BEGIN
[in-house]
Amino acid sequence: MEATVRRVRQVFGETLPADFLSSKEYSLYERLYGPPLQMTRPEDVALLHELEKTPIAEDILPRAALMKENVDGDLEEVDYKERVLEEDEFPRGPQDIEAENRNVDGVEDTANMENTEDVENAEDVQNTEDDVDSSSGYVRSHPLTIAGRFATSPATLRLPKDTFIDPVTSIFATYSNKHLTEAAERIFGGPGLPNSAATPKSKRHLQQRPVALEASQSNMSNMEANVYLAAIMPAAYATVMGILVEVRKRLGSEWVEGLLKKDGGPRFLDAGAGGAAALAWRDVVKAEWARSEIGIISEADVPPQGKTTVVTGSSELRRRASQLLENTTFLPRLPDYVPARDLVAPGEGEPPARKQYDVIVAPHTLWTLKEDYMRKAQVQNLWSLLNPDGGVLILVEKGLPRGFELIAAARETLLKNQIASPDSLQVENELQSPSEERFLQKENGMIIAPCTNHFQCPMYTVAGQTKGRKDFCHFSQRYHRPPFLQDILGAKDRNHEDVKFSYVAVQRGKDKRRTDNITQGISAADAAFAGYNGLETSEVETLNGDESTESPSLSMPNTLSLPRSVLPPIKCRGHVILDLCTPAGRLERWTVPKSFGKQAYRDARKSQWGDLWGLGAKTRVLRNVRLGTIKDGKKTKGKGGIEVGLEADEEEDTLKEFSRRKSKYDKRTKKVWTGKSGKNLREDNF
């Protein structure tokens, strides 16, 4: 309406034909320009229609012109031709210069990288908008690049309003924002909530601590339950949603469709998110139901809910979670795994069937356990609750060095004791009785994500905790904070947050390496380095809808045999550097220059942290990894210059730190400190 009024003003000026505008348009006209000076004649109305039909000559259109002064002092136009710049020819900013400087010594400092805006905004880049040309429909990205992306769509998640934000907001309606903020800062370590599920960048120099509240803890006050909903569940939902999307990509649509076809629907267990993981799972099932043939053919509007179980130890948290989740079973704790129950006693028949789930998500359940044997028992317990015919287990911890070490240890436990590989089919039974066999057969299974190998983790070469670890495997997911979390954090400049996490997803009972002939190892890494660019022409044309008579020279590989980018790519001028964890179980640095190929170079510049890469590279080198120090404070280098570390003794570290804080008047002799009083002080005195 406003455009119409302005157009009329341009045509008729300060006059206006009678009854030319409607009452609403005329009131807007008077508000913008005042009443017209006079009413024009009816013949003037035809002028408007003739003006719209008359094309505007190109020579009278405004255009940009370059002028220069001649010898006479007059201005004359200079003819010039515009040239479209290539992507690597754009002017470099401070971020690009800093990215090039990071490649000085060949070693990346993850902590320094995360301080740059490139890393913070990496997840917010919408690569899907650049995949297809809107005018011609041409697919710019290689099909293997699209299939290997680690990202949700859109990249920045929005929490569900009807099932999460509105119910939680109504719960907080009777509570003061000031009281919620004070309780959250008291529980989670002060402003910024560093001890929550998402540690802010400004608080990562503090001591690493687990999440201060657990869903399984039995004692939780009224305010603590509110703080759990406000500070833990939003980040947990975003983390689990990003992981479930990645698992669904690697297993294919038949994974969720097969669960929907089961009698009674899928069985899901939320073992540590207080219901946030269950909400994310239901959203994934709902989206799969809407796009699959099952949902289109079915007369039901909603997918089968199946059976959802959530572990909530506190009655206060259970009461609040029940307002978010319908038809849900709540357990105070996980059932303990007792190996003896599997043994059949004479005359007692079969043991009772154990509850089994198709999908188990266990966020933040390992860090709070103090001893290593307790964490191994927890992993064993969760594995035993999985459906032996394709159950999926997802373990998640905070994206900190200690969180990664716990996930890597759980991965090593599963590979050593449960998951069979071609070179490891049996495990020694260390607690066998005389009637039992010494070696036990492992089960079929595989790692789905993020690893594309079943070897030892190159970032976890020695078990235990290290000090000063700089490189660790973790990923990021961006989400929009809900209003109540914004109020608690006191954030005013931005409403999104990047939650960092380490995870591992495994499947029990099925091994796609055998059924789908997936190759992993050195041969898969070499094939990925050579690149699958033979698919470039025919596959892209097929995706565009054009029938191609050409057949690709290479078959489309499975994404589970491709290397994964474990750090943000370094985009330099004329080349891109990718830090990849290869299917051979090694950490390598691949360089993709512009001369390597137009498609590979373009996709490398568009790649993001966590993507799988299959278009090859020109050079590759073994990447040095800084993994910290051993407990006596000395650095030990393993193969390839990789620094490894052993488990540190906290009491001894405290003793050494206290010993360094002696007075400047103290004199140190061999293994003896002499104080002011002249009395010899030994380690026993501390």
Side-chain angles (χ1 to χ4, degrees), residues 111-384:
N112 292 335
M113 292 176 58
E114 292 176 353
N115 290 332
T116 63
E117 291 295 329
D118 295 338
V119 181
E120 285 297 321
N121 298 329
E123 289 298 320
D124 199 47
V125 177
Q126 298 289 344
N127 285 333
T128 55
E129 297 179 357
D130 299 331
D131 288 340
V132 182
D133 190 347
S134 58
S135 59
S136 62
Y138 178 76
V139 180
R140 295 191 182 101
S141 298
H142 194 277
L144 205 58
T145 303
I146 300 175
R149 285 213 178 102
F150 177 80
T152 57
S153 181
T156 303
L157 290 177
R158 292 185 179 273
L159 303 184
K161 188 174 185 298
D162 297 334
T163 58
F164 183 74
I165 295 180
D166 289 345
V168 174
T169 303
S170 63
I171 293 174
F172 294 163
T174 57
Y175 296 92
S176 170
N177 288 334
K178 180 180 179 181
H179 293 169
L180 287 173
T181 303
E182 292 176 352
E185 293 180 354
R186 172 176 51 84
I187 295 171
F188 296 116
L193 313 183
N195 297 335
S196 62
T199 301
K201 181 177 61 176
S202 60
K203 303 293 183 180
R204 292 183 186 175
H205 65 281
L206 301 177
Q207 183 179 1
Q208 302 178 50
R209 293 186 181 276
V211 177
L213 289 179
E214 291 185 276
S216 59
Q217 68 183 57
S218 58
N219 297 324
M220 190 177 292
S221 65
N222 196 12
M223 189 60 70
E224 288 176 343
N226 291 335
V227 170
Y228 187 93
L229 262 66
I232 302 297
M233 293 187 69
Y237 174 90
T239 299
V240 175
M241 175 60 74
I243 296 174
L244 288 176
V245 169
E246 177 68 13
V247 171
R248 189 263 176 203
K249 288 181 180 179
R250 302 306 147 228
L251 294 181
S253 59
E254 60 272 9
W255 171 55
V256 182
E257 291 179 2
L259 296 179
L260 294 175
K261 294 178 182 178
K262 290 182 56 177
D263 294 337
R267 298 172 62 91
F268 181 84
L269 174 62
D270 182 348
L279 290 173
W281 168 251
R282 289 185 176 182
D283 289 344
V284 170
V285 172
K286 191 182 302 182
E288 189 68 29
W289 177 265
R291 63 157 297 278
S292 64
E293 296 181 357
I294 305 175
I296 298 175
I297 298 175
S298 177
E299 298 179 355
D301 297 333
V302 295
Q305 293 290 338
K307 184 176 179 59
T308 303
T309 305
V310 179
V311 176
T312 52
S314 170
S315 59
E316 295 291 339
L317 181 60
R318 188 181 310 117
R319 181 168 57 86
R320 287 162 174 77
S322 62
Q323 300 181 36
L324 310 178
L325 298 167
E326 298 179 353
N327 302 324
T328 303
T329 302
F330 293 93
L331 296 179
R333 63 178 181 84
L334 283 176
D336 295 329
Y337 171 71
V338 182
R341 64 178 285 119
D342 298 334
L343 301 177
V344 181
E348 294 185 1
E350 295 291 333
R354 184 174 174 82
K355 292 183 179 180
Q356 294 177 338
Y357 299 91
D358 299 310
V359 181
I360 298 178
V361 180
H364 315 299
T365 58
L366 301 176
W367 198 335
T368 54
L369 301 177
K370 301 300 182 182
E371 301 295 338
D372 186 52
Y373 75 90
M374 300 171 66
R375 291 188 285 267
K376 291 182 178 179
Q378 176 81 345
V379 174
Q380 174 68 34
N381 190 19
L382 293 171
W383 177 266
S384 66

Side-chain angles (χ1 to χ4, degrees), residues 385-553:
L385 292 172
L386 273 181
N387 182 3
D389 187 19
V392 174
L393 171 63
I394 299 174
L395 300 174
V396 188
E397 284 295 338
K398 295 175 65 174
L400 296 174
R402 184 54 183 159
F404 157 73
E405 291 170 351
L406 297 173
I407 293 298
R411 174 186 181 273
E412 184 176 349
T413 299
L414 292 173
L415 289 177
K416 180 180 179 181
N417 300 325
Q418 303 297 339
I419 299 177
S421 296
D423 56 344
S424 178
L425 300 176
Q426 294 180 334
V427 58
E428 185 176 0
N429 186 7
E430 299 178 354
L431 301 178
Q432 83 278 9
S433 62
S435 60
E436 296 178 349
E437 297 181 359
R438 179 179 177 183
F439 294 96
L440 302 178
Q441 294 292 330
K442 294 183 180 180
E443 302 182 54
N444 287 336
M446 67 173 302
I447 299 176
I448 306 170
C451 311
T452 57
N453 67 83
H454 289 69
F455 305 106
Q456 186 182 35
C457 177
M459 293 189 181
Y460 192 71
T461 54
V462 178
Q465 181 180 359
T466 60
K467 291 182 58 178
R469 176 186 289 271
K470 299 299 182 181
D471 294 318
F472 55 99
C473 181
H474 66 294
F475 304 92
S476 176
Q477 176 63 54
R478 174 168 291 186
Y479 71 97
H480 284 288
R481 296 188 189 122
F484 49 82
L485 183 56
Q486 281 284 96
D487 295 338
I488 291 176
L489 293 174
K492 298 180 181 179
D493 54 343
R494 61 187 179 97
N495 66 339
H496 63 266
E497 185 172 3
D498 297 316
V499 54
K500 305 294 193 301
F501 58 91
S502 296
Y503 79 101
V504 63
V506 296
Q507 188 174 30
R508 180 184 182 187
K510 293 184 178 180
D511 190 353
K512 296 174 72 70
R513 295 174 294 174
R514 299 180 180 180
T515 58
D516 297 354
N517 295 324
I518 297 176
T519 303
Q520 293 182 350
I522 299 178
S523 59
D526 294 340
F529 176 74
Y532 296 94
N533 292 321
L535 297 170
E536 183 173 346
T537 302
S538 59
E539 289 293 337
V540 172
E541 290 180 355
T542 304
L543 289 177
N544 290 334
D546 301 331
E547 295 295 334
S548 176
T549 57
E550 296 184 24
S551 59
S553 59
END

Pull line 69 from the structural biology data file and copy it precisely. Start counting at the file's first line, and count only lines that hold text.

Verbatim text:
L193 313 183